New Global Crackdown on Money-Laundering
Members of Colombia's Cali cocaine cartel thought they had found a perfect way of transforming their ill-gotten cash into legal tender: a crooked bank on the Caribbean island of Antigua willing to accept their deposits. As it turned out, they made a big mistake.
The "bank" was run by Drug Enforcement Administration and Internal Revenue Service agents. When they sprung their elaborate trap at the end of 1994, the agents netted more than $50 million in cash, paintings by Rubens and Picasso, nine tons of cocaine, and 88 arrests.
Operation Dinero was a signal event: It was the first time American officials attacked narcotics traffickers by setting up a phony bank to intercept cash from drug sales before it could be turned into legal assets. But while it dealt a blow to the Cali cartel, the operation stemmed only a trickle in a rising tide of laundered money that criminals worldwide are employing to buy governments, fund terrorist operations, and corner growing shares of global economic power.
Acknowledging what many experts regard as a looming threat to international political and financial order, a group of 26 governments is stepping up the fight against money-laundering.
"Money-laundering is an ever-changing activity," notes Ronald Noble, a former assistant United States Treasury secretary and outgoing president of the Financial Action Task Force (FATF), which met in Washington last week. "The ever-changing nature of money-laundering is like the ever-changing nature of technology."
Corruption at home
Many independent experts, however, contend that there is little governments can do to curb money-laundering unless their root out their own internal corruption first.
"Official corruption is rampant throughout the world. There is no political will to do something because political leaders are co-opted by money," says Charles Intriago, the publisher of Money Laundering Alert, a Florida-based trade journal.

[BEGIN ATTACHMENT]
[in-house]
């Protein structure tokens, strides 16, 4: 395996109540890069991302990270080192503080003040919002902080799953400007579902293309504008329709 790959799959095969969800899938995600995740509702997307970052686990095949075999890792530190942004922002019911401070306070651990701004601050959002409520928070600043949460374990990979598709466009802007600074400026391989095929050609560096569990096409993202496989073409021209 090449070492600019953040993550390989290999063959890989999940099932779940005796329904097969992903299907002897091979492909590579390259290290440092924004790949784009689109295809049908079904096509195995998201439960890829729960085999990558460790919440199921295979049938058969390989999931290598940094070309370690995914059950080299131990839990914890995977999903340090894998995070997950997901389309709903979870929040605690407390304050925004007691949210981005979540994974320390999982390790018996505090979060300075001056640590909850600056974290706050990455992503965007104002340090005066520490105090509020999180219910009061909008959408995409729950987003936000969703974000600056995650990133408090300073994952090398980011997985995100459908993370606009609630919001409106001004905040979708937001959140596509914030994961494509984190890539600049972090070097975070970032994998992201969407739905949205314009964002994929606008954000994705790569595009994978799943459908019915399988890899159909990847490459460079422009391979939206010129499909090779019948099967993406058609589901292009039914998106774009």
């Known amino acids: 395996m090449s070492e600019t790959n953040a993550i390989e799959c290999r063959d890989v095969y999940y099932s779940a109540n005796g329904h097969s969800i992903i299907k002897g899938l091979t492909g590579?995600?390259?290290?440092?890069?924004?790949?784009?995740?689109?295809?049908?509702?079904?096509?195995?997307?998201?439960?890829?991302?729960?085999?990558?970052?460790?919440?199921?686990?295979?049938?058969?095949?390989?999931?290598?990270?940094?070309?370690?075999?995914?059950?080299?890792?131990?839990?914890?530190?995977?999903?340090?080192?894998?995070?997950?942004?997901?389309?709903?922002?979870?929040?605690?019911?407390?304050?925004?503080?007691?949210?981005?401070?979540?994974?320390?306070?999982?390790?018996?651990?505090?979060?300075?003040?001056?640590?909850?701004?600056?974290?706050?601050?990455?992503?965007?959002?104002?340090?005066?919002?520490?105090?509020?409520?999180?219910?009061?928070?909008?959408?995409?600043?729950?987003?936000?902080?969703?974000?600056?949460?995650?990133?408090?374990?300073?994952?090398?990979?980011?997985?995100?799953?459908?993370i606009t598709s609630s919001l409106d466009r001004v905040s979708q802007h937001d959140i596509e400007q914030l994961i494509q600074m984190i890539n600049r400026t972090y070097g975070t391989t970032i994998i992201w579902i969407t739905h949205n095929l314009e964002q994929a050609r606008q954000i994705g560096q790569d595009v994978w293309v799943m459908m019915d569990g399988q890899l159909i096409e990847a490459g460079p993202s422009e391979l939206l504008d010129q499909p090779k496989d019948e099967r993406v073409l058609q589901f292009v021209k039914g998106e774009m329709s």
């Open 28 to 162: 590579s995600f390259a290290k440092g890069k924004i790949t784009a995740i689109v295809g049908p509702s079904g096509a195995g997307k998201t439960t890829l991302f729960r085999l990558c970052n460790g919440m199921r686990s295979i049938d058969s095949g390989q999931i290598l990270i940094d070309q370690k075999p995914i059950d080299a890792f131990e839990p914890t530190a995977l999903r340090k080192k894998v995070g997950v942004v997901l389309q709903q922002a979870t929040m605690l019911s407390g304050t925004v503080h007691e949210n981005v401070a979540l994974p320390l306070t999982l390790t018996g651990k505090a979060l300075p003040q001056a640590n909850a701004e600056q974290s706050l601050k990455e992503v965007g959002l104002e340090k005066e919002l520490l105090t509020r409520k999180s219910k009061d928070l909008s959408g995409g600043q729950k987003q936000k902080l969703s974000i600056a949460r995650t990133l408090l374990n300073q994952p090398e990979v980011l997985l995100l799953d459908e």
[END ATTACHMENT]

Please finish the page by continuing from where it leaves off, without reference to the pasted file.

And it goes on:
No firm estimates exist on the amount of "hot cash" that is "washed" every year, although it is estimated to be in the tens of billions of dollars. The methods of turning illicit cash into legal assets have grown more sophisticated as the US and other governments have made harder for criminals to transform their profits.
No longer able to deposit dufflebags of currency in banks in many countries, crooks are buying commodities for sale abroad, setting up their own banks and foreign-exchange houses, and laundering their cash through insurance companies, casinos, and the purchase of real estate and securities.
"Clearly the reach of anti-money-laundering laws need to be broadened," says Stanley Morris, director of the Financial Crimes Enforcement Network, a branch of the US Treasury Department.
In its most far-reaching action, the FATF agreed that governments should extend anti-money-laundering regulations to foreign exchange dealers, brokerage firms, and other non-bank financial institutions. These rules require the reporting of suspicious transactions and transactions exceeding $10,000.
The organization, which includes the US, Canada, Singapore, Hong Kong, Australia, and a host of Western European nations, also said all governments should require banks to report suspicious transactions. Such disclosures are mandatory in many countries, including the United States. But some, including Switzerland and Canada, make it voluntary, while others prohibit it under bank "secrecy" laws.
In another decision, the FATF is making anti-money-laundering statutes target the illegal proceeds from all crimes, not just narcotics trafficking, which is widely regarded as being the largest source of illicit cash in much of the world.
It is the first time the FATF has adopted stricter standards since it was formed at the 1989 summit of the world's leading industrialized powers, or Group of Seven, with the aim of fighting drug smuggling by promoting strong international anti-money-laundering controls. The FATF cannot impose its decisions, but shames governments into adopting them by publicizing lax controls, dubious practices, and alleged corruption.
Beyond slapped wrists
Some experts say the US and other countries must take even sterner action if they want to stem money-laundering. This includes imposing sanctions on governments, such as those of Colombia and Mexico, that take soft lines on the practice and tolerate the massive corruption it breeds.
"Few governments have tackled this problem," says Mr. Intriago. "Official corruption is a major barrier. The people who are interested in weak enforcement or no laws are those who are accumulating large amounts of money and use some of it to pay off public officials."
Experts point out that even the US is having its own problems controlling money-laundering despite having the world's toughest anti-money-laundering laws.
Tighter regulations, they say, drive criminals to greater evasive measures. In fiscal 1995, for instance, US Customs agents intercepted almost $204 million in cash and negotiable instruments being smuggled out of the country by road, sea, and land for laundering abroad. That compares with a total of $171 million for the entire four-year period beginning in September 1990.
Mr. Nobel acknowledges the enormous difficulties in combating money-laundering, saying, "it's an impossible task" to eliminate it. But he says, tougher policies that "raise the cost of money-laundering" force criminals to use riskier methods that increase the chances they will be caught.